Teach your kids the many ways that Catholics practice meditative prayer so they can experience the fruits of this rich spiritual tradition, now and as adults. Here’s how.
This article is adapted from 77 Ways to Pray for Your Kids
Meditation is one of the three “expressions of prayer” described by the Catechism (the others are vocal prayer and Contemplative Prayer).
Vocal prayer is usually the first way kids learn to pray as they begin to imitate and repeat the meal prayer, prayers during Mass, or prayers they memorize. As they grow older, kids (hopefully) learn to express their thoughts and feelings, hopes and desires in spontaneous prayers to God.
But too many kids are never introduced to meditative or contemplative forms of prayer, which is too bad, because then they miss out on the many fruits of those prayer forms. When those kids grow up, they may seek a deeper spirituality in other religious traditions without realizing that their Catholic faith has its own ancient tradition of meditation, contemplation, and mystical prayer.
Meditation is a prayerful quest for God “engaging thought, imagination, emotion, and desire” (Catechism #2723). We go out and seek God, usually by focusing our thoughts on some object: a Scripture text (as in lectio divina and imaginative prayer), a mystery of faith (as in the rosary), sacred art (such as a sacred icon), or even the natural world. Prayerful meditation is different from intellectual study or analysis of the Scripture, artwork, mystery of faith, or whatever the object of meditation might be. It is different because its goal is not to understand, grasp, or intellectually “possess” the object, but to use it as a sort of doorway through which one passes in order to meet God.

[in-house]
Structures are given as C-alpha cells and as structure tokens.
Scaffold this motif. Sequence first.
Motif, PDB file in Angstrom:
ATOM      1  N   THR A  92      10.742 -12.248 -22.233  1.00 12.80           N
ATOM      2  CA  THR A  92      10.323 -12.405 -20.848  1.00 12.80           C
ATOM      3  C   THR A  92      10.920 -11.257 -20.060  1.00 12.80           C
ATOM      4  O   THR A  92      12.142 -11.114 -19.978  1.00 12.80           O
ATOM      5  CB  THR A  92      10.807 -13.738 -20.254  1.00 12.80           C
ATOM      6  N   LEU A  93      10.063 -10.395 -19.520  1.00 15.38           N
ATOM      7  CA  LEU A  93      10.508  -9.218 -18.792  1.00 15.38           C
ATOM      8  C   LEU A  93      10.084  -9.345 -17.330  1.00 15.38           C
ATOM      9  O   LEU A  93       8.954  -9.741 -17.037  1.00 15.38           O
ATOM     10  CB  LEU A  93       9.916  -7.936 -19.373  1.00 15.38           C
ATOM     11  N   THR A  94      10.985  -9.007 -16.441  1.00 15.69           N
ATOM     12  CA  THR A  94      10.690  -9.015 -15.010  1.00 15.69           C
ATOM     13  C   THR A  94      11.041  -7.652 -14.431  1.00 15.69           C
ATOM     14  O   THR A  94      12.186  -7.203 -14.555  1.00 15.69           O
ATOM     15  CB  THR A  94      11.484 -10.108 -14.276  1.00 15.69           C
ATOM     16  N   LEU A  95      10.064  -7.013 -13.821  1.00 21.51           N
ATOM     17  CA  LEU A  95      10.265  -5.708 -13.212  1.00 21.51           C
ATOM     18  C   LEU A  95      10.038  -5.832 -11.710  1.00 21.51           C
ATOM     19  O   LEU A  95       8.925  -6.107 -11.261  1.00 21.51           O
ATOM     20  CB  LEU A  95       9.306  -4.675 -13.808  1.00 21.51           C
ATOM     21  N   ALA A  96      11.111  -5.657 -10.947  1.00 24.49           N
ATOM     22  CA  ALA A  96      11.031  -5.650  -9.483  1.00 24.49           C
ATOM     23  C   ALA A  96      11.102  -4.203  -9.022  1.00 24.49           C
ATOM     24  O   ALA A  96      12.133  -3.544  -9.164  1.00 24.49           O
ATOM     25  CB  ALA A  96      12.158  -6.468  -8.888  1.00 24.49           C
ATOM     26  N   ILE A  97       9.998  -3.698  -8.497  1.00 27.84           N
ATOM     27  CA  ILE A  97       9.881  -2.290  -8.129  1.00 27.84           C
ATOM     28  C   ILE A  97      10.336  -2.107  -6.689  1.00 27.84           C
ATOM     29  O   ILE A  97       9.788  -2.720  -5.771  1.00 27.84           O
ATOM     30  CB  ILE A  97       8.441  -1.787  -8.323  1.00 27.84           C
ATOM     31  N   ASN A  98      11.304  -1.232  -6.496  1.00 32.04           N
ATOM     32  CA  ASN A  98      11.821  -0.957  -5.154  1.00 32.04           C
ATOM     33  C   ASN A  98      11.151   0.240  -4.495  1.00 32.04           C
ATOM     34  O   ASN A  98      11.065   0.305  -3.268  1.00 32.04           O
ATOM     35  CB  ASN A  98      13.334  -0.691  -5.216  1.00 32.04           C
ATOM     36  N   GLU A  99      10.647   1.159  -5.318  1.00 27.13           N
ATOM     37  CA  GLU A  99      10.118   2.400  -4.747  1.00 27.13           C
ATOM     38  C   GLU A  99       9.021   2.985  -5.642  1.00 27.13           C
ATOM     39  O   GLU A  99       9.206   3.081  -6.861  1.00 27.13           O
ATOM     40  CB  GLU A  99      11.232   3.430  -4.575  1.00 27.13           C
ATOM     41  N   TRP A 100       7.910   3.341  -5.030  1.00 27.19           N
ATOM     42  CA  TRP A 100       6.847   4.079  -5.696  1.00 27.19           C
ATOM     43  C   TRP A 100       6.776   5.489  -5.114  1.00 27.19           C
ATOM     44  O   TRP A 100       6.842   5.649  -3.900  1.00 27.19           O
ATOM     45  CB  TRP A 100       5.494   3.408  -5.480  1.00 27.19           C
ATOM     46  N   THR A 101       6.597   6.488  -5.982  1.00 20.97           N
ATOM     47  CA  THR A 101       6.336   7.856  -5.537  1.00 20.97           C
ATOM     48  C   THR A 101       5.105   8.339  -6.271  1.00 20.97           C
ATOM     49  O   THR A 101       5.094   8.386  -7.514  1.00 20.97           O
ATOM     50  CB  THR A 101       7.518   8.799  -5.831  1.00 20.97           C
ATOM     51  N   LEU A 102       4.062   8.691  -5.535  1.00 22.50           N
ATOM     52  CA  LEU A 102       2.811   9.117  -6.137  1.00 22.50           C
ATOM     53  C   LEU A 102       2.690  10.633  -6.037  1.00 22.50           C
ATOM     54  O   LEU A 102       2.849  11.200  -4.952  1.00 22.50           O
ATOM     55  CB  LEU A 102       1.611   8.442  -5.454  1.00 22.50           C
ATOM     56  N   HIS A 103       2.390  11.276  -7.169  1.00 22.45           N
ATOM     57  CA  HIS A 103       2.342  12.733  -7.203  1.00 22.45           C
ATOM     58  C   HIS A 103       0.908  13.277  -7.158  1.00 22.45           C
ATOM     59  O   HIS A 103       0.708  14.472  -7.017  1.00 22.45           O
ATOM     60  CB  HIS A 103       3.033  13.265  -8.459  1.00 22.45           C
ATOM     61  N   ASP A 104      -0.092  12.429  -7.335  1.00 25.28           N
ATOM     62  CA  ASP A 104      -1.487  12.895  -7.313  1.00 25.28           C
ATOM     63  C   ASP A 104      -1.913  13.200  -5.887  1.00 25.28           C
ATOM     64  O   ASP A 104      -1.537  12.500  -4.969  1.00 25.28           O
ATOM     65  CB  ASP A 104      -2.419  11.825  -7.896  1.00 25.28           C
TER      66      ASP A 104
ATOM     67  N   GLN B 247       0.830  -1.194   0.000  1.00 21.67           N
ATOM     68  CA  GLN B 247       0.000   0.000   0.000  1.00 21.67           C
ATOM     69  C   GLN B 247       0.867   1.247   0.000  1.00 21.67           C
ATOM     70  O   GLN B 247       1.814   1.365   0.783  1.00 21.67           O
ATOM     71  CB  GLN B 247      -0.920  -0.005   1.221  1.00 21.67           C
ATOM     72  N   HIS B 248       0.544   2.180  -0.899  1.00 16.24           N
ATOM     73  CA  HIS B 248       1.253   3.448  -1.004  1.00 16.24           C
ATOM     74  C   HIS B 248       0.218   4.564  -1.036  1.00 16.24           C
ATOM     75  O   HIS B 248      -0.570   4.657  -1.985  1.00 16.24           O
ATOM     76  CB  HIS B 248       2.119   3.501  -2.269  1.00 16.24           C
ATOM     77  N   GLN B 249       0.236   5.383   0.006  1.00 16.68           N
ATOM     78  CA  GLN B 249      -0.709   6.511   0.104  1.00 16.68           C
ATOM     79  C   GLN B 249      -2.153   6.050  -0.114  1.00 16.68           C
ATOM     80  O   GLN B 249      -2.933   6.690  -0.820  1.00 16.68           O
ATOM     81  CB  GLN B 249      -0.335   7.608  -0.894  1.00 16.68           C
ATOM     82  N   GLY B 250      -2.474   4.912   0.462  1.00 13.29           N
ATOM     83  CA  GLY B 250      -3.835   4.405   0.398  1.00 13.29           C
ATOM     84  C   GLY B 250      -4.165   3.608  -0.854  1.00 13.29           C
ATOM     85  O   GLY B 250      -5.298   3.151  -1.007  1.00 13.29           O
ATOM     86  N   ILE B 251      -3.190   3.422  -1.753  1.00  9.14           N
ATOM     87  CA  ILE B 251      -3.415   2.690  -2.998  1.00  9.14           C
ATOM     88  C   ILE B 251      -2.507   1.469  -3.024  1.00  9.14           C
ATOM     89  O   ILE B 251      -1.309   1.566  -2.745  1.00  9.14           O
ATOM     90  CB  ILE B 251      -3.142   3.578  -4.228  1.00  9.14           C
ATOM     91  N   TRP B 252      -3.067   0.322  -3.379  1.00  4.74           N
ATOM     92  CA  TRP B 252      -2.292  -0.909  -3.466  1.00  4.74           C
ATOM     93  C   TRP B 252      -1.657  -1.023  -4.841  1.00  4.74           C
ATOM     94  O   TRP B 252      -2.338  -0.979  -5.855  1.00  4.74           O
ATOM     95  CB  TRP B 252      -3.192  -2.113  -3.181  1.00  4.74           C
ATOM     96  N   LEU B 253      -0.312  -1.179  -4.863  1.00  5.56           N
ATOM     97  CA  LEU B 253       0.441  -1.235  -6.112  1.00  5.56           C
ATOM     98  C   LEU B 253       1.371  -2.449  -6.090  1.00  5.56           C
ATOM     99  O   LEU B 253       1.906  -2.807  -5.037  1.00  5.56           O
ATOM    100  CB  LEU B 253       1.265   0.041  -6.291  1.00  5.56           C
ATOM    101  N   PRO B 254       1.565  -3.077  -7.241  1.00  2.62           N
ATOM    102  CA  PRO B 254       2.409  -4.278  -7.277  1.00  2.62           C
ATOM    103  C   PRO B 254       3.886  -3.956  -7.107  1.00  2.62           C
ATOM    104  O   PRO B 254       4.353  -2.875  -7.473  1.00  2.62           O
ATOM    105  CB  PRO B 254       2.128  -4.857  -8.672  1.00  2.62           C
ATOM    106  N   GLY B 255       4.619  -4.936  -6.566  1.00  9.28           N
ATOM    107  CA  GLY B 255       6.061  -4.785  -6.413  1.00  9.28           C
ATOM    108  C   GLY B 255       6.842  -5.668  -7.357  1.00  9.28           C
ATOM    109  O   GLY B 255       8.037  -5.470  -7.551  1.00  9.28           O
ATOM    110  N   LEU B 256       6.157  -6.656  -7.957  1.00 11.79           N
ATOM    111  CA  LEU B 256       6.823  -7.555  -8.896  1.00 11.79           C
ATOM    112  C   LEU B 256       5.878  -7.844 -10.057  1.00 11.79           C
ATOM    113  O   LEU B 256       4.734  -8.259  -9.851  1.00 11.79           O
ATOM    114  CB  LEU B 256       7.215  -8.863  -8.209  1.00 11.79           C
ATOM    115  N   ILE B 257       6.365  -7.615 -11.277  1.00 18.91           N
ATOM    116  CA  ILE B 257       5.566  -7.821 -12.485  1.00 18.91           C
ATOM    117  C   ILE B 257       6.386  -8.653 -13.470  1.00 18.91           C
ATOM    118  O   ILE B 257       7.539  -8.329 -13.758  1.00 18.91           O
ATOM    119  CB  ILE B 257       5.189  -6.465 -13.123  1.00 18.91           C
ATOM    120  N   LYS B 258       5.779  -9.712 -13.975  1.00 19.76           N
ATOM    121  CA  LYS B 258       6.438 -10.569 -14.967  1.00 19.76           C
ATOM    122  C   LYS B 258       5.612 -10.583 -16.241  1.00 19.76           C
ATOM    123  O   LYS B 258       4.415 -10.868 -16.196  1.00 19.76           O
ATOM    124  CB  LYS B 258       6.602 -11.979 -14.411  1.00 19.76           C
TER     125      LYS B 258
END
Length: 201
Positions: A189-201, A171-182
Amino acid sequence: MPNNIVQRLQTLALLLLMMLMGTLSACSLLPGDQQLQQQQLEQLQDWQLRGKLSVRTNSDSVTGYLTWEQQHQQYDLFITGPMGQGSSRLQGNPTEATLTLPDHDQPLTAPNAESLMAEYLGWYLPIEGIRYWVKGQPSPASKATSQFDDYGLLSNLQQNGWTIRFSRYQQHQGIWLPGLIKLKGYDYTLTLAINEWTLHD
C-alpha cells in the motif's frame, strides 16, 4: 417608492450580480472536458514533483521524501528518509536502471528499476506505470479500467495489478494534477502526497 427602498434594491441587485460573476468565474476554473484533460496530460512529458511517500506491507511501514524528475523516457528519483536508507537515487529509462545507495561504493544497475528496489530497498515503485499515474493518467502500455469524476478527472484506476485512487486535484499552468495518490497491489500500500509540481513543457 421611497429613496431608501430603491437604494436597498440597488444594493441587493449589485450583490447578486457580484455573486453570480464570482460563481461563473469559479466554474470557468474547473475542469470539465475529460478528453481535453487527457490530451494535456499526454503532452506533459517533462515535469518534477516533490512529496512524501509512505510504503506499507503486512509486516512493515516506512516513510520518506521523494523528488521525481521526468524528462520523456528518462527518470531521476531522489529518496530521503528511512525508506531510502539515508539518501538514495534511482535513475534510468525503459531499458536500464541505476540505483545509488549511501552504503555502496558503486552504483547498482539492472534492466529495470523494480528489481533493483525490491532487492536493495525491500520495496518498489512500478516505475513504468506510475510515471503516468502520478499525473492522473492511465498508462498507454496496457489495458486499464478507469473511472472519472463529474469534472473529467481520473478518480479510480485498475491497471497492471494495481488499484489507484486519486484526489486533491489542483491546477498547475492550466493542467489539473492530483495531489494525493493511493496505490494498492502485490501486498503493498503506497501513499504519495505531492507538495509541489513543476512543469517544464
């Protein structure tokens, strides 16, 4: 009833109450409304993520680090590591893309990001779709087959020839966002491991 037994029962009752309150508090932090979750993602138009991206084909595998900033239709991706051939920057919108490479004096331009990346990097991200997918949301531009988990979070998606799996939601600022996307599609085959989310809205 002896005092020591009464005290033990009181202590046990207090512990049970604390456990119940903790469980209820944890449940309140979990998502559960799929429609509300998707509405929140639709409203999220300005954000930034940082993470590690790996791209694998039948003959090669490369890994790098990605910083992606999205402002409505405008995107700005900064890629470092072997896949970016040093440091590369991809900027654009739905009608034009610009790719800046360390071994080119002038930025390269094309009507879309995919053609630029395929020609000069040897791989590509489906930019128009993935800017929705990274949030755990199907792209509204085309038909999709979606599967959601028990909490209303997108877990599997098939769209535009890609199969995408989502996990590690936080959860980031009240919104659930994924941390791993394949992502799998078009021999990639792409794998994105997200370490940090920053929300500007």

Contemplative prayer sometimes flows out of meditative prayer. If meditative prayer is about actively seeking God by meditating on something holy, then contemplative prayer might be described as letting God seek us. In contemplative prayer, we quiet our thoughts and become open and receptive to God’s presence.
Parents are sometimes daunted by the prospect of teaching their kids meditative and contemplative prayer. For starters, both forms of prayer usually involve being still and quiet, which isn’t most kids’ strong point. Also, parents can easily evaluate the quality of their kids’ vocal prayers; not so with meditative and contemplative prayer.
The good news is that it is possible for kids to learn these “quieter” forms of prayer. The Catholic Diocese of Townsville, Australia, offers a comprehensive website on teaching meditation and contemplation to children; check it out at cominghome.org.au. It offers ample evidence that it is possible to teach kids these important forms of prayer.